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Prepping for the College Culture

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by Anna Lippincott
On Friday, July 10, 2015, the Clare Boothe Luce Policy Institute hosted a luncheon for over fifty conservative high school students. The luncheon connected high school students with college interns and gave the young girls the opportunity to hear how college students deal with difficult situations. Young America’s Foundation helped organize the event as part of their annual high school conference. It took place at the National 4-H Youth Conference Center in Chevy Chase, MD.
The event was hugely successful, and the young women loved hearing from slightly older girls about their personal experiences. Each intern talked about a different struggle she faced as a conservative and offered advice for how to combat liberal biases. Before the interns spoke they met with a large number of the girls and heard some of the high schoolers’ stories before sharing their own. The speeches were followed by a short Q&A session.
The high school students came from all over the country and were able to find ways to relate to each of the speakers. While everyone’s individual struggle is different, all the women agreed that a luncheon like CBLPI’s was a perfect safe environment to discuss the struggles of being a young, conservative woman.
As one attendee, Madeline Hervey from Peachtree, GA said, “The speakers were younger, which made it easier for me to relate to them. Hearing their passion and their honest opinions and stories had a very powerful impact knowing that they’re regular women making a difference.”
CBLPI President Michelle Easton led the discussion by letting the girls know it is possible to get involved with the conservative movement, even at a young age. She told them about CBLPI Lecture Director Laurel Conrad, and how Laurel began coming to events at age 13. Now, a decade later, Laurel helps to shape and influence the lives of young woman. Laurel introduced each of the speakers and let them share their diverse anecdotes of being a conservative at college.
Nicole Johnson, a junior at UVA, related to the young women by sharing her experiences with hostility that occurred during her high school years. Nicole attended the liberal National Cathedral School in Washington, D.C. and had negative encounters with teachers who disagreed with her opinions. She notes that in retrospect, she wishes she had not “played the game for the grade,” but was also thankful for the times she was “brave and bold.”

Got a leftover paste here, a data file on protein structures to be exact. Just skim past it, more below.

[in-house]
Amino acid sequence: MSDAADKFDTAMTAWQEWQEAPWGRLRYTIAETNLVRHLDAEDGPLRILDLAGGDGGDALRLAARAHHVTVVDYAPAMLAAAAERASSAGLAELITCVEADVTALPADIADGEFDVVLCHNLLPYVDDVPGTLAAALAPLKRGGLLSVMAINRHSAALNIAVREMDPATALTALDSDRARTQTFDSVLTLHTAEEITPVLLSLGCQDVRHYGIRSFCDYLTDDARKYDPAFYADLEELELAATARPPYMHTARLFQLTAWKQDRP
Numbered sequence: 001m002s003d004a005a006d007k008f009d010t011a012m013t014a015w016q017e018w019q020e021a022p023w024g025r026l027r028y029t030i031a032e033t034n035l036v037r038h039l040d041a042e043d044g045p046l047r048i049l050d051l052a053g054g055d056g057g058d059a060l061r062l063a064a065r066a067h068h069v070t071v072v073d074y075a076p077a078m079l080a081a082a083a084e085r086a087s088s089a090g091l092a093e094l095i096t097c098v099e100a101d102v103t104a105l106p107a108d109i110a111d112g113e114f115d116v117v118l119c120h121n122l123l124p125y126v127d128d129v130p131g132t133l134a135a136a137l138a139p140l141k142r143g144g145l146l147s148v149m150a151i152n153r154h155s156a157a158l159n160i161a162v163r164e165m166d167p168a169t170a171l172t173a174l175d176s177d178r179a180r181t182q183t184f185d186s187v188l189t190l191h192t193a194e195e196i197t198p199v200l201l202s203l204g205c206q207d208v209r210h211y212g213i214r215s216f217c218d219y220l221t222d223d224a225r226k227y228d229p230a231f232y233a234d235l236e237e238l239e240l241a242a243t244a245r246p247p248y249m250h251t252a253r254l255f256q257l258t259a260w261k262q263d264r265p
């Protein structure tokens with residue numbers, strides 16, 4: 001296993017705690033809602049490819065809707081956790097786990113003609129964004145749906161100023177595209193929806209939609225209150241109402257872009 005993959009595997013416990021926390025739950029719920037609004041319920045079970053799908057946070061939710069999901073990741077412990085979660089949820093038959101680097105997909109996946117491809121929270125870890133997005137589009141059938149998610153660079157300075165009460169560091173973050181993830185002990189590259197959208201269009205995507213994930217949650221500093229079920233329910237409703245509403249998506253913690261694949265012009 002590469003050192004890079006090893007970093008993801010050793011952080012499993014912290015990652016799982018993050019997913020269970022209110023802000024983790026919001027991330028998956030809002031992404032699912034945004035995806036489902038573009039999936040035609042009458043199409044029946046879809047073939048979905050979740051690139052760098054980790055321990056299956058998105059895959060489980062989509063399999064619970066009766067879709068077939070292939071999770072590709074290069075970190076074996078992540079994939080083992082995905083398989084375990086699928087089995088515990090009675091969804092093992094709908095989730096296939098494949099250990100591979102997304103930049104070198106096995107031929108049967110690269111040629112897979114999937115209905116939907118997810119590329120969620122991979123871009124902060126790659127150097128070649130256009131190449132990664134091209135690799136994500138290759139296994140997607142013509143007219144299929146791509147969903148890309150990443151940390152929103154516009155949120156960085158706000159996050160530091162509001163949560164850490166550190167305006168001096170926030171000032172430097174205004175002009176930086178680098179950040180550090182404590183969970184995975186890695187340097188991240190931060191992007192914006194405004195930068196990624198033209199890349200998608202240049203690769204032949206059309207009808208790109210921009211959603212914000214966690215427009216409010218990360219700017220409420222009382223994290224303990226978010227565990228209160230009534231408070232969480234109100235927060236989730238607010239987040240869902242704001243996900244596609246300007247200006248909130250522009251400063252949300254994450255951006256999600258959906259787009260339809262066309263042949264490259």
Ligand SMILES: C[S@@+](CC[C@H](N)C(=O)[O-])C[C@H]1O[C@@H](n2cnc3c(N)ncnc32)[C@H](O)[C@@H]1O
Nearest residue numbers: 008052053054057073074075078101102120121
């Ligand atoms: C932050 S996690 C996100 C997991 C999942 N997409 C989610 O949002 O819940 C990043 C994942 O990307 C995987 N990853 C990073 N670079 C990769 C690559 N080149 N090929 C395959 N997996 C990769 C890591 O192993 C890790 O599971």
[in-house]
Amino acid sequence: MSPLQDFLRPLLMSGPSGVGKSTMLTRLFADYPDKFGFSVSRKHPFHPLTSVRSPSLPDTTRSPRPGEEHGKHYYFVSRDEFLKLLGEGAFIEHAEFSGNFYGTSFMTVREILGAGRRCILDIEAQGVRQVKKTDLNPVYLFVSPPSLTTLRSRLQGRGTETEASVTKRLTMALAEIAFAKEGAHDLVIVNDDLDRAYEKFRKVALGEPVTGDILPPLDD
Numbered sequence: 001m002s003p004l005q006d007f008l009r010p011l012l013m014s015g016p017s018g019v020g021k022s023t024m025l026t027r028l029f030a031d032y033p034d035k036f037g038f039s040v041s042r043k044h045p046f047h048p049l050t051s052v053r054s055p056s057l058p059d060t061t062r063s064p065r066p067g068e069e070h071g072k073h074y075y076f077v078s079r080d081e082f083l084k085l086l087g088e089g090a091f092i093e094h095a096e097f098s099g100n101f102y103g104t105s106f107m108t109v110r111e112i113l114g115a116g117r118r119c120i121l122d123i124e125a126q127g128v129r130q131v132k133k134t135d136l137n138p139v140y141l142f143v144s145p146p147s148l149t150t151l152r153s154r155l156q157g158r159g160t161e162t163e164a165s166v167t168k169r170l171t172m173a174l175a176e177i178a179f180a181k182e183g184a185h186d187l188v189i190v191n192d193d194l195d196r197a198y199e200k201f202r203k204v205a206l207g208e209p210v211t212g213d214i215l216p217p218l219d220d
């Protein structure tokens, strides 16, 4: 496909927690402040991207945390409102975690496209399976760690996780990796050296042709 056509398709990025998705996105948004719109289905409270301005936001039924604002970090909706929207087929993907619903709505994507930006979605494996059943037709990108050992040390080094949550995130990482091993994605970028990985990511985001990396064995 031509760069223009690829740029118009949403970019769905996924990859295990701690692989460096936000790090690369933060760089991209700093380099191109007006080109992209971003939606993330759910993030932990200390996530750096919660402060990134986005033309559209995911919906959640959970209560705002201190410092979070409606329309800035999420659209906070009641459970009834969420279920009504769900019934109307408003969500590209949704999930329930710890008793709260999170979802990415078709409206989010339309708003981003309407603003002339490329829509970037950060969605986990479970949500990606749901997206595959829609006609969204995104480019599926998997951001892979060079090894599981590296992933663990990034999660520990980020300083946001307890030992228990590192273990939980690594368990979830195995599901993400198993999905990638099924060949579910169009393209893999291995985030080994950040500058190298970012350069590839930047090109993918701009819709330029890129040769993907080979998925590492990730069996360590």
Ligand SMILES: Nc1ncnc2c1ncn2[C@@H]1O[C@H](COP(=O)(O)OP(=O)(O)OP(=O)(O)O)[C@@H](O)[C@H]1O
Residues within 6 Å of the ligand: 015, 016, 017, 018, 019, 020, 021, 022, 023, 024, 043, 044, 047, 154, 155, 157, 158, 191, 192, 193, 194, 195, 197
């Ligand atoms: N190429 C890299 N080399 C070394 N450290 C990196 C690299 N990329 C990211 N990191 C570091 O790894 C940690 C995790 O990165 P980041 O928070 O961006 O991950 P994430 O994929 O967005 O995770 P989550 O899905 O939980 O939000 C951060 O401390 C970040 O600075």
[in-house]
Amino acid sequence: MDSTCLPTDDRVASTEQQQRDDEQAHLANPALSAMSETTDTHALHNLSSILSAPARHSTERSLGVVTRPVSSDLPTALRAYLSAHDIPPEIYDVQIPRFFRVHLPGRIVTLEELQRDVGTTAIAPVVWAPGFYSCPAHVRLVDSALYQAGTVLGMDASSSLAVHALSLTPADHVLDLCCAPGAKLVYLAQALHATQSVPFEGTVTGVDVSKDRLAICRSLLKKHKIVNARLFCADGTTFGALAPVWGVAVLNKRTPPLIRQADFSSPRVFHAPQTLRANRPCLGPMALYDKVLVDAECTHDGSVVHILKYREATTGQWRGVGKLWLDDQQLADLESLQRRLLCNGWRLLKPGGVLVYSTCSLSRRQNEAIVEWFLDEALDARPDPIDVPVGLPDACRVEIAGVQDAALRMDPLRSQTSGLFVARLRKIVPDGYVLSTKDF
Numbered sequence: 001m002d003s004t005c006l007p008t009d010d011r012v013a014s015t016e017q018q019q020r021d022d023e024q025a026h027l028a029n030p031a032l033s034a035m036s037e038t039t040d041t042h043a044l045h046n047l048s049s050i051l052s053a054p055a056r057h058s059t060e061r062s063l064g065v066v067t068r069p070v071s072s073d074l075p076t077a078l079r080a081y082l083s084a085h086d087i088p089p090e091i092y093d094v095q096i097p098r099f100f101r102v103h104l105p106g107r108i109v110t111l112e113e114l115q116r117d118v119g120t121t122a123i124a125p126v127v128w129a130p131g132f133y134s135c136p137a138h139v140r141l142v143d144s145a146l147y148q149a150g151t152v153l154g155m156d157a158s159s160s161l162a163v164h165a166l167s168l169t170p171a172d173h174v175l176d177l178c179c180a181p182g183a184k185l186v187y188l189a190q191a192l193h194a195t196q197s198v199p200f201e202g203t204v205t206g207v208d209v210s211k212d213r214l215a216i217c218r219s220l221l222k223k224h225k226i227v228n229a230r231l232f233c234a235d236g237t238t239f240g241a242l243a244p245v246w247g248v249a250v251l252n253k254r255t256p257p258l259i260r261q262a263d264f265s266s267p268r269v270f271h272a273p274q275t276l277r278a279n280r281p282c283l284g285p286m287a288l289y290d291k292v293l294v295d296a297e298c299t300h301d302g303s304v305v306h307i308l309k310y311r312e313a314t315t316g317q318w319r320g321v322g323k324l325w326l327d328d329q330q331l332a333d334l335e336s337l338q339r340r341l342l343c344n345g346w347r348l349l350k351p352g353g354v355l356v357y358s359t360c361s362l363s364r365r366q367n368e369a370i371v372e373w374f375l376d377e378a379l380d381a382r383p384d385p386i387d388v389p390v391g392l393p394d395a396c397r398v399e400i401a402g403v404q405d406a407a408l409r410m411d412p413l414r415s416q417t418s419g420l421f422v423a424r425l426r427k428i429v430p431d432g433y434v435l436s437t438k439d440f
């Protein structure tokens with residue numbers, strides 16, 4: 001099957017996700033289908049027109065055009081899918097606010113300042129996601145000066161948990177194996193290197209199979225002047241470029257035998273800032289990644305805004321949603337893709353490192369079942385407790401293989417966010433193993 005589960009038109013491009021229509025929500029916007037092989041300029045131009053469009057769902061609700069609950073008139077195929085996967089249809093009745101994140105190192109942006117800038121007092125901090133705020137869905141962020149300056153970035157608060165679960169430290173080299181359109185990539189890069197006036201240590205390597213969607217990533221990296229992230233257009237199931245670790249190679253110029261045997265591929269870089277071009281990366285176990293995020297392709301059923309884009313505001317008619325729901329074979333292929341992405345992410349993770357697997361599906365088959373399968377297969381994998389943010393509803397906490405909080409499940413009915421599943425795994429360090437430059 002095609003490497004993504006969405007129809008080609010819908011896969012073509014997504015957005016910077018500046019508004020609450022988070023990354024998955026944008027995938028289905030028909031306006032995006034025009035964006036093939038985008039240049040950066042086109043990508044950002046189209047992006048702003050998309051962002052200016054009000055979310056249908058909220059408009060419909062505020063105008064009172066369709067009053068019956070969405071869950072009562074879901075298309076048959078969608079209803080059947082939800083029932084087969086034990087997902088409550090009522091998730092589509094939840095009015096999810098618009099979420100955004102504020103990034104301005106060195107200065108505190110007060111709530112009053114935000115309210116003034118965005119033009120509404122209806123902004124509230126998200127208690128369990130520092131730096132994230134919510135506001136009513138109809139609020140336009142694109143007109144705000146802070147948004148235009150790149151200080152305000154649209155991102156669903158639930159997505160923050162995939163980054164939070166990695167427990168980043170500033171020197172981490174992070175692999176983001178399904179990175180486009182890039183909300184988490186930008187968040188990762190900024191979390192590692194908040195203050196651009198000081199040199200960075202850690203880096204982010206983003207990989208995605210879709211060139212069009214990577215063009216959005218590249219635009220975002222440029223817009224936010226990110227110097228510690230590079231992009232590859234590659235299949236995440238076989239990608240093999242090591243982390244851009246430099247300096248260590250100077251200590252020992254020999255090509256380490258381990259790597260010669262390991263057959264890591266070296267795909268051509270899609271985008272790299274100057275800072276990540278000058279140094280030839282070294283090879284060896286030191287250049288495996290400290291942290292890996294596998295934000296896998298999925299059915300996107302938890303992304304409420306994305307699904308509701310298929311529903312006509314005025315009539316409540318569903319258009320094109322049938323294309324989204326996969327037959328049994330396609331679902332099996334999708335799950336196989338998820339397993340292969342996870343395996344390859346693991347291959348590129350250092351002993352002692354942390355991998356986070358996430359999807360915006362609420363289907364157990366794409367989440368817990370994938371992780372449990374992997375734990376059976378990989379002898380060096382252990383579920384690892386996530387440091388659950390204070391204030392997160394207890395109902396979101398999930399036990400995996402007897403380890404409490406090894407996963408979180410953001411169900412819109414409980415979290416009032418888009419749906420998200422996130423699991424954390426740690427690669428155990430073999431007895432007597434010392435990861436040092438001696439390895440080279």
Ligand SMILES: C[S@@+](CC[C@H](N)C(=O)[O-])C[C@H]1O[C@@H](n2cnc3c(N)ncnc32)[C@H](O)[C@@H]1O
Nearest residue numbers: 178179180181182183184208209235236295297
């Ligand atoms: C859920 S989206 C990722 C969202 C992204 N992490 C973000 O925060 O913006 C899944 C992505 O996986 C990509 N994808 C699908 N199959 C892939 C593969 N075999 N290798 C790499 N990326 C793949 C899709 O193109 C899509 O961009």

Next, Anna Lippincott, a senior at Ohio University, talked primarily through anecdotes about her experiences going to school in a liberal small town. She encouraged the girls to be vocal with their opinions and ignore any haters, reminding the students, “You will make friends. If I can do it, you all will be fine.”
University of Arizona junior Ashlee Bierworth talked about her experience of transitioning from liberal to conservative ideologies. She encouraged the girls to stick strong in their values, warning them of the power of persuasion teachers and peers oftentimes have. Ashlee encouraged the girls to get involved with conservative clubs or groups that will reaffirm their beliefs.
Following, Keira Hornyak, a junior at the University of Florida, let the girls know how thankful she was to have ended up in liberal Gainesville. There she has had the opportunity to speak to huge groups to students about the importance of conservatism, using the school’s required freshman course to spread her messages.
Lastly, Yale University sophomore Aryssa Damron gave the girls pearls of advice to take with them as their venture off to college. She included practical and imminent advice, such as befriend students of all political ideologies. She also included lessons to live by, such as “be a Laura Bush in a world of Kim Kardashians.”
Through their speeches, the CBLPI interns provided high school students with a range of challenges they may face and how to combat them. While everyone’s experience was different, all the women agreed the best possible thing to do is to speak up and not shy away in the face of adversity.
“I’m going to be going to an arts school in Florida this year, so I know I’m going to encounter a lot of liberal bias there. This was really good in helping me figure out what you can do as a Conservative woman on campus and how to combat liberal bias,” said one high school attendee, Eleanor Morlino from Moorestown, NJ.
Susie Dorminy from McDonough, GA agreed, saying, “I really enjoyed hearing all of the stories and it really encouraged me to go out and inspire other and spread the conservative truth!”
The CBLPI high school luncheon was a huge success and great opportunity to get young conservatives excited for what the future holds. Thank you to all those who attended and to YAF for helping co-sponsor such a wonderful program!

Anna Lippincott is a student at Ohio University and a 2015 summer intern at the Luce Institute.